Consumer groups propose overhaul of privacy laws


Wednesday, 09 December, 2020


Consumer groups propose overhaul of privacy laws

A range of consumer groups — including the Financial Rights Legal Centre, Consumer Action Law Centre and Financial Counselling Australia — have called for an overhaul of privacy laws to provide greater protections for consumers, to counterbalance the increased use and exploitation of big data by business and industry.

A joint submission by the consumer groups to the Attorney-General’s Department Privacy Act Review argues that substantial reform is needed to rebalance Australians’ right to privacy and to ensure the law keeps pace with future economic and technological change. Financial Rights Chief Executive Officer Karen Cox said the review of the Privacy Act 1988 is well overdue.

“Australians want a safe and secure data environment that puts their privacy ahead of the increasingly rapacious data desires of industry. Australians have had very little power to stop the trade, misuse and abuse of their personal information. The time to strengthen our right to privacy is now,” said Cox.

The joint submission describes how the rapid pace of technological change has led to a data-saturated economy and the development of business models centred on the harvesting of surplus behavioural data for predictive purposes. The calls collide with research released by the Consumer Policy Research Centre, which reveals that 94% of Australian consumers are uncomfortable with how their personal information is collected and shared online.

Additionally, 94% of consumers reported not reading all of the privacy policies or T&Cs that applied to them in the past 12 months; of the consumers who read privacy policies, 69% reported accepting terms even though they were uncomfortable with them, because it was the only way to access the product or service. 88% of consumers reportedly do not have a clear understanding of how their personal information is collected and shared.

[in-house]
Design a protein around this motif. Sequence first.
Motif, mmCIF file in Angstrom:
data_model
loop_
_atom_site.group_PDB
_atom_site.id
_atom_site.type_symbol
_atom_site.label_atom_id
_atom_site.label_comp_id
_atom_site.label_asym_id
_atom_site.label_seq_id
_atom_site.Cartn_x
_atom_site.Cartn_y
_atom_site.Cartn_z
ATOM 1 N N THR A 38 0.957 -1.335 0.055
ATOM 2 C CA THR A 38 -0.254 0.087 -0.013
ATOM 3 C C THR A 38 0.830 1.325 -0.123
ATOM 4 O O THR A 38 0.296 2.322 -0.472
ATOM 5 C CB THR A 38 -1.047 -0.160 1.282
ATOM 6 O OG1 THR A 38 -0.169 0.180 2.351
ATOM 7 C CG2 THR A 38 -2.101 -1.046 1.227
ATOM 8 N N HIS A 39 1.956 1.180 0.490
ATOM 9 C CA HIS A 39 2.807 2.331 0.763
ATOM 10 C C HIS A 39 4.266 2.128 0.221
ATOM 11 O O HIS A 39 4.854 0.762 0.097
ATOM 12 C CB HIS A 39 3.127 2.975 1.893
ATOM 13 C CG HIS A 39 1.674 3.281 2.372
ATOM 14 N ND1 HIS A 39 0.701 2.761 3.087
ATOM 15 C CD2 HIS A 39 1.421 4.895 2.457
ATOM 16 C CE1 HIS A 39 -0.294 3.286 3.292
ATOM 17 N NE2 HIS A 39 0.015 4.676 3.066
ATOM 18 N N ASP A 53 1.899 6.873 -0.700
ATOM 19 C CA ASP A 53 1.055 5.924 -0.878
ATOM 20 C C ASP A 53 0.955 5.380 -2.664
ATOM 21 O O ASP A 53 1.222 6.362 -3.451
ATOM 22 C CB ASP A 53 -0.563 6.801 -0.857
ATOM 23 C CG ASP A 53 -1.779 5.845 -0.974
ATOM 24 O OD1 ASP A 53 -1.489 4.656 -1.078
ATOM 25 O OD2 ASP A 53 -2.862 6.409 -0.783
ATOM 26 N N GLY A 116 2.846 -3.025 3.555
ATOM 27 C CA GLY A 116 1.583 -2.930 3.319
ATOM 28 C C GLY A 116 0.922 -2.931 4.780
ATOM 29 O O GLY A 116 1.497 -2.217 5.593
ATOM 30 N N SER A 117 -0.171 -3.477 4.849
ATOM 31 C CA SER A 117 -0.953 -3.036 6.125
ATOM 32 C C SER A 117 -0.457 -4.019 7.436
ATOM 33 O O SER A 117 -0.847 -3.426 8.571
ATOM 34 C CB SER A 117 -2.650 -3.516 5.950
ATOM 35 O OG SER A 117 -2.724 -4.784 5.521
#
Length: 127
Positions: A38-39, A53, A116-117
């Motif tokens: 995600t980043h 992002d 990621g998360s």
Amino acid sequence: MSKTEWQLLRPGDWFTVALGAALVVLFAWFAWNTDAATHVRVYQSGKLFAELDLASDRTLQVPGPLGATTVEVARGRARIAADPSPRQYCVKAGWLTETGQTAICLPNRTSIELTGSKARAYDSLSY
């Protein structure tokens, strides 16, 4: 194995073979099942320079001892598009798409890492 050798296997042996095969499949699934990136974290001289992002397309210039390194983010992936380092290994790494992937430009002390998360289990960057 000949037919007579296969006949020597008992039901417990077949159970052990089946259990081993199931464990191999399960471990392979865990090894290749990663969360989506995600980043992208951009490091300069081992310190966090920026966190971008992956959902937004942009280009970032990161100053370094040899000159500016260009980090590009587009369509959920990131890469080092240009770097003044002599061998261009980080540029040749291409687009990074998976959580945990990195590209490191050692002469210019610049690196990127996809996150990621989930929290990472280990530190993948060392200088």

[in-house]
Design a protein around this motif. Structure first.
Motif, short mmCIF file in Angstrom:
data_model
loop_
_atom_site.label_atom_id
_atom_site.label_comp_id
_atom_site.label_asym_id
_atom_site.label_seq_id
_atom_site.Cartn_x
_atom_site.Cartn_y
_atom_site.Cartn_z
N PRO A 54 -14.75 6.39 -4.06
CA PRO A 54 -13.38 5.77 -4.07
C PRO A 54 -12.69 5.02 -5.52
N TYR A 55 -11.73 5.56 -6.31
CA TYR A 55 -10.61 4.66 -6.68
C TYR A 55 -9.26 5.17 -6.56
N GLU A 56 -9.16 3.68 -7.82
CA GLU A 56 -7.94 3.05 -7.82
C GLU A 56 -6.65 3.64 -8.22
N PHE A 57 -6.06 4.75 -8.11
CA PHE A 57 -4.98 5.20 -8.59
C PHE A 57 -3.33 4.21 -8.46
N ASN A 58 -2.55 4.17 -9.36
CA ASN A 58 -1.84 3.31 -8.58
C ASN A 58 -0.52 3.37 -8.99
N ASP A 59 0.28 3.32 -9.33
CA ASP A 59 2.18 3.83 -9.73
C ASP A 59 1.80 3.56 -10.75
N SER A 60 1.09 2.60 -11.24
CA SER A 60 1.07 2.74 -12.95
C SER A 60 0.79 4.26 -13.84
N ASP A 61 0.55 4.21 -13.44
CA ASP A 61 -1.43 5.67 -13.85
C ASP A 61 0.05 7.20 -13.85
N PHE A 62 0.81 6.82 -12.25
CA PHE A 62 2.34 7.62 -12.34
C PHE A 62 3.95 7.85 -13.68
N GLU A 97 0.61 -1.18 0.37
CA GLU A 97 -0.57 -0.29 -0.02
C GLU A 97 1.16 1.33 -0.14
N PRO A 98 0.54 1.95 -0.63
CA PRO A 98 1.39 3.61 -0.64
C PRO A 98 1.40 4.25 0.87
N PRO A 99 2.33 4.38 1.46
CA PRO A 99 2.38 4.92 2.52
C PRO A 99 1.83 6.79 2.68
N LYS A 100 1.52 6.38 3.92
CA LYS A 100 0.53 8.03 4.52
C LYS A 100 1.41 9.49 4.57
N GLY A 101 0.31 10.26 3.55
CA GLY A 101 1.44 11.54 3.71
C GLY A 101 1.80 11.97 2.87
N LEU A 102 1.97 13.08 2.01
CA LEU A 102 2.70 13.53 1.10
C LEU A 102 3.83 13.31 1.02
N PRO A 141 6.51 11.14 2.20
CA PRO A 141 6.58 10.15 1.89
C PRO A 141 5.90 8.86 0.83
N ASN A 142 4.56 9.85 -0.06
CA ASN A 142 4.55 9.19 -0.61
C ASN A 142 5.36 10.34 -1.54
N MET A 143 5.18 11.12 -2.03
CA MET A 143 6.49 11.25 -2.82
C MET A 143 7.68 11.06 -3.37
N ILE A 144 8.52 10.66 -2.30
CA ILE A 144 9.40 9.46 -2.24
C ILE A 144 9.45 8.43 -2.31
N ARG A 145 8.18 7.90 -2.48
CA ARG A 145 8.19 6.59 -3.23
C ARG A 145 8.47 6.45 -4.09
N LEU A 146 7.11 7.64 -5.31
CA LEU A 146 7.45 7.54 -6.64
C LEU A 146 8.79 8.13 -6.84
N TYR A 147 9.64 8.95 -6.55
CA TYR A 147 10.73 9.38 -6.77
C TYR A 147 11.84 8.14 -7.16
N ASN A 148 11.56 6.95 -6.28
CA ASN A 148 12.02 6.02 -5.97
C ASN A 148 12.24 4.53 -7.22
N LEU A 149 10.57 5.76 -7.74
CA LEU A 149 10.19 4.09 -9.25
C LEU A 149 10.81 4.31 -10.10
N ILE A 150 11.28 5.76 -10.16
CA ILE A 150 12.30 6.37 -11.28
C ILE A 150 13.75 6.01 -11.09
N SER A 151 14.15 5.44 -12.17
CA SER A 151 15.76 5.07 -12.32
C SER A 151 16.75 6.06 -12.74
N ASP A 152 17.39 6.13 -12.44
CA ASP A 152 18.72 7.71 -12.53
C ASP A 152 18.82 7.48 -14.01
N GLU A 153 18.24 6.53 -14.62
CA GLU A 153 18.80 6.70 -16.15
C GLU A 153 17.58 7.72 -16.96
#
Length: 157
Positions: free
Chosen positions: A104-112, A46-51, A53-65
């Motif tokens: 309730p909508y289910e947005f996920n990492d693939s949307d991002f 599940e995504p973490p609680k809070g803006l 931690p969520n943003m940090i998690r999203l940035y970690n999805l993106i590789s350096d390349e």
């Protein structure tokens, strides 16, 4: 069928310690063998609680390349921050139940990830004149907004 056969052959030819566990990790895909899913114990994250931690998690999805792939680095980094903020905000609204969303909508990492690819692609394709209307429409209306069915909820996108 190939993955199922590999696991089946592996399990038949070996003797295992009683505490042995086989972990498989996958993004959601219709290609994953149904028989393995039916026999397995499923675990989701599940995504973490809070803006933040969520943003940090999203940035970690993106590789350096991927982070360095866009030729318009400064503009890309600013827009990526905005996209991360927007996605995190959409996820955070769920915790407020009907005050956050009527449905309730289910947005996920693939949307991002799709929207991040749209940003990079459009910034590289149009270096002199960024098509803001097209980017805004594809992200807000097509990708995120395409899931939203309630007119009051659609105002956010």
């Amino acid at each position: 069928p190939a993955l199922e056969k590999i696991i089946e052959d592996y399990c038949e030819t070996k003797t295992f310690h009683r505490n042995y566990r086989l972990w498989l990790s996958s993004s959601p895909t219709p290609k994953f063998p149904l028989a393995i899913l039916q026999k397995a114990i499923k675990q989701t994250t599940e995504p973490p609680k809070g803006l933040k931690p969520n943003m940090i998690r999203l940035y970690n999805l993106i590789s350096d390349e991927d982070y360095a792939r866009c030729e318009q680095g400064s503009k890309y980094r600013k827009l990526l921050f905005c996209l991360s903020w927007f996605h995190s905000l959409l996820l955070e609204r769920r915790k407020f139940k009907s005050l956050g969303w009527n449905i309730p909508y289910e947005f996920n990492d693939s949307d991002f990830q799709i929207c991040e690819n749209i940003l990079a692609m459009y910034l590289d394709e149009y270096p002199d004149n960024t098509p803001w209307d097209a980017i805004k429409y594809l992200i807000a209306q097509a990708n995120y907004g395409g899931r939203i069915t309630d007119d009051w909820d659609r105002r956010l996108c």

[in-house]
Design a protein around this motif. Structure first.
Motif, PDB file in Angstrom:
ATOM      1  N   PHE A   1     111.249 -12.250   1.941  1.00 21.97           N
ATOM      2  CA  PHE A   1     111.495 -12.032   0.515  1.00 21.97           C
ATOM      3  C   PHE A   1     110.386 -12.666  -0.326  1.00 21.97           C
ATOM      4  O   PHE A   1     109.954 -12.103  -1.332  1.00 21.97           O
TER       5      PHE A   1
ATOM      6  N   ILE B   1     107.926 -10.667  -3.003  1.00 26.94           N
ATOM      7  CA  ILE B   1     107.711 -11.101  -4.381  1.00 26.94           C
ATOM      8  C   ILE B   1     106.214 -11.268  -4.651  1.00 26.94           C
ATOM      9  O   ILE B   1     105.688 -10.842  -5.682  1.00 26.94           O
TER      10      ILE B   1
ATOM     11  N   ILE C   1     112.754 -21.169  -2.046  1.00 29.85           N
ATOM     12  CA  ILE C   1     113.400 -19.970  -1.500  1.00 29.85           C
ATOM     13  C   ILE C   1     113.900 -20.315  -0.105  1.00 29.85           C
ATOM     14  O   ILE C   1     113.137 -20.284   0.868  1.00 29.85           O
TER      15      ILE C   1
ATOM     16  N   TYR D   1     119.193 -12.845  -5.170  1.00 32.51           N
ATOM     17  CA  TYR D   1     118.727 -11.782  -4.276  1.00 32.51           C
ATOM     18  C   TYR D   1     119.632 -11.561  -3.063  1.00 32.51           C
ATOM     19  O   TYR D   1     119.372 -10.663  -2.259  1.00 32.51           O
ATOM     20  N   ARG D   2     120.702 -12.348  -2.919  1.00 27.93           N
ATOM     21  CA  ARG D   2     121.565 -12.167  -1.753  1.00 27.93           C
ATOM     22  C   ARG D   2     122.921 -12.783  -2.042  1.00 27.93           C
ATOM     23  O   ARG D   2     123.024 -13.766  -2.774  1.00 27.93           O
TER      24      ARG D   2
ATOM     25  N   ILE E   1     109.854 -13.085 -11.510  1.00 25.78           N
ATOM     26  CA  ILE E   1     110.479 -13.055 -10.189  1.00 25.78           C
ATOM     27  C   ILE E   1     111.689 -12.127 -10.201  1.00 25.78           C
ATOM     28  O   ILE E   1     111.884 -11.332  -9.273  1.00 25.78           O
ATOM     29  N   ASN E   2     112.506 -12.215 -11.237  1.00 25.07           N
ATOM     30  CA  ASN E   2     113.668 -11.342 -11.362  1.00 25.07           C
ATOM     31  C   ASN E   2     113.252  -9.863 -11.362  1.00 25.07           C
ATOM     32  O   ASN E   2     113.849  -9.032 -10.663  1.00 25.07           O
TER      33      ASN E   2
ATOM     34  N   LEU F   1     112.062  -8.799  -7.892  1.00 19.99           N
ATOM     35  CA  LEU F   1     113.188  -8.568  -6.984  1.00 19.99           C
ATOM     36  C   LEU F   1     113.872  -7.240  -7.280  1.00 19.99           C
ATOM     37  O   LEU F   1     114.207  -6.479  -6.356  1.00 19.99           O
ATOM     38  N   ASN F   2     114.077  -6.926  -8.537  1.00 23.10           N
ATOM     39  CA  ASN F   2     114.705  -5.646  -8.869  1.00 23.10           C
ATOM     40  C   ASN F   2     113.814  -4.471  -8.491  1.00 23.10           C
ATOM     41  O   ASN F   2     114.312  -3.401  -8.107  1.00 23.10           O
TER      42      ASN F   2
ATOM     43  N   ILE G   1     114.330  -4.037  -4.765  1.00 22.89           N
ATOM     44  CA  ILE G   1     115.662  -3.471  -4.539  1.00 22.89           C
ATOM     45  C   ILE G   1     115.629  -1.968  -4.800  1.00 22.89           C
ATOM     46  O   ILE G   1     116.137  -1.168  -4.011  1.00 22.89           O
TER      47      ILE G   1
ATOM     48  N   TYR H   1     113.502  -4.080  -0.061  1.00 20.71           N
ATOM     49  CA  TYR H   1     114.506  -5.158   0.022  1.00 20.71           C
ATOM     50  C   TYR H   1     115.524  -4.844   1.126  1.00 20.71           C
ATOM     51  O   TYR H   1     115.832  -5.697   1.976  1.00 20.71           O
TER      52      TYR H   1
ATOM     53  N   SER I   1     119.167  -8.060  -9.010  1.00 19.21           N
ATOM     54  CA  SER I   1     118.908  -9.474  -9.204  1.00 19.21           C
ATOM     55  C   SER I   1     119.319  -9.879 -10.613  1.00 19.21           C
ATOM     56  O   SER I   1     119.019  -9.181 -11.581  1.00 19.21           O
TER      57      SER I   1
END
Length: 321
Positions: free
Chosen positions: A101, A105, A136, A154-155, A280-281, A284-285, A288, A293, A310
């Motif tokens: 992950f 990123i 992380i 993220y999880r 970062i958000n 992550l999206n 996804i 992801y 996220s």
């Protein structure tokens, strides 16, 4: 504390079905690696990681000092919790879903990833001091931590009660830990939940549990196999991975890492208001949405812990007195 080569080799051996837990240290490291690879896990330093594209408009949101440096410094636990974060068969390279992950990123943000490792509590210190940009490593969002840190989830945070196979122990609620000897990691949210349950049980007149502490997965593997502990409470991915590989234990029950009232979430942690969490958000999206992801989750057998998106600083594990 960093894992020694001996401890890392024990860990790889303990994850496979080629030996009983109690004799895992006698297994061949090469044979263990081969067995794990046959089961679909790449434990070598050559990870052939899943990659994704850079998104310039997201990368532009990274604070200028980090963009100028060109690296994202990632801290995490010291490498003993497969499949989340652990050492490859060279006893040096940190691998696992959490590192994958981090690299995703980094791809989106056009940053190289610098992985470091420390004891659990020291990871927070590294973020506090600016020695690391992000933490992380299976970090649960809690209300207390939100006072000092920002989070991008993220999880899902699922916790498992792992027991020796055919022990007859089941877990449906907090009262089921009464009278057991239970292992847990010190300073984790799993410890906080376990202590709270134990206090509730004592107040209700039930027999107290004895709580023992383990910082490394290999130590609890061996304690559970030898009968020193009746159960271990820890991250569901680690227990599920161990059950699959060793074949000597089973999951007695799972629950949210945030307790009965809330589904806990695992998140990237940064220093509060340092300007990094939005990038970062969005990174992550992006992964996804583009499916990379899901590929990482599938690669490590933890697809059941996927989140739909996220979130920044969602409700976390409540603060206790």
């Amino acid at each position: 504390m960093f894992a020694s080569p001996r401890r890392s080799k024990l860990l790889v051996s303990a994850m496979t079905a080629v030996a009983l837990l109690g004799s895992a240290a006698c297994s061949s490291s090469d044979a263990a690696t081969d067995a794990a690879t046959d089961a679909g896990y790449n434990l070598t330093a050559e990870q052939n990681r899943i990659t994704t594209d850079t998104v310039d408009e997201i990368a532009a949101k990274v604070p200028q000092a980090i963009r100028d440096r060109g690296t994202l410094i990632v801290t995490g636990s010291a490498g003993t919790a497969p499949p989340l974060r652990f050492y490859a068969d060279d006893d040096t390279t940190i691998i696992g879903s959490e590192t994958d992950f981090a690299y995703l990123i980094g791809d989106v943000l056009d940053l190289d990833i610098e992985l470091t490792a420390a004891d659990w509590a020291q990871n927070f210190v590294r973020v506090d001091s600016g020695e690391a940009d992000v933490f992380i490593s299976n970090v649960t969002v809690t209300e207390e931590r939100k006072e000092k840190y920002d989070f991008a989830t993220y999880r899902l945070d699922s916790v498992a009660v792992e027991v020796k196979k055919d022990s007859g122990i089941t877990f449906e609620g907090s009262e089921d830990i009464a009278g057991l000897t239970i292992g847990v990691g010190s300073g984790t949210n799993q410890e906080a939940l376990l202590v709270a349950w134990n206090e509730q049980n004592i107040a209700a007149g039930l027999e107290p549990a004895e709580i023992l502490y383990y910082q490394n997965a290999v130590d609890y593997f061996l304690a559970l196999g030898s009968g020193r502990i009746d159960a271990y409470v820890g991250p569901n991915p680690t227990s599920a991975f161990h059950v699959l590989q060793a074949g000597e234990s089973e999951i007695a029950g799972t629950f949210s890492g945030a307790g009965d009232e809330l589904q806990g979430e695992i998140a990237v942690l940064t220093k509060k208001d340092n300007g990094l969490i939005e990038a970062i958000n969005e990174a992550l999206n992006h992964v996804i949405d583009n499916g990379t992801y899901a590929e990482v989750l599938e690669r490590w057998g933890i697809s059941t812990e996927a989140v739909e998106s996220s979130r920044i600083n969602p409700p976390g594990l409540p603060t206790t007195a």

Cox acknowledged that privacy agreements, privacy preferences, and terms and conditions are often complex and unclear, so consumers don’t know what they are consenting to. Cox said consumers should be free to decide how much or how little of their information they wish to share in exchange for the use of services.

“Yet declining to participate in data-driven technologies is increasingly not an option for many consumers. Services are offered on a ‘like it or lump it’ basis, meaning people have the choice to either fully participate in the modern economy or retain reasonable control of their personal data; you simply can’t do both,” said Cox.

Research has also revealed that 94% of Australian consumers expect government to protect them against the collection and sharing of their personal information. Moreover, 93% of consumers expected government to improve their understanding of how personal information may be collected and shared, and 94% of consumers expected government to protect them from having their information being used in a way that makes them worse off.

Lauren Solomon, Chief Executive Officer at the Consumer Policy Research Centre, said companies have too much control over consumers’ personal information.

“Australians expect a modern protection and enforcement regime that gives them more control and ultimately ensures that they receive fair treatment,” said Solomon.

Cox called for regulation to reflect the broad spectrum of data collection and use, from relatively benign to outright exploitation, with controls appropriate to the circumstance and clear prohibitions on more egregious practices.

“The concept of consent has been rendered completely meaningless when it comes to protecting our privacy. It is time for the Privacy Act be overhauled to deliver real-life protections for the modern world, rather than a cloak of legitimacy for poor practices and exploitation,” said Cox.

Image credit: ©stock.adobe.com/au/Vitalii Vodolazskyi

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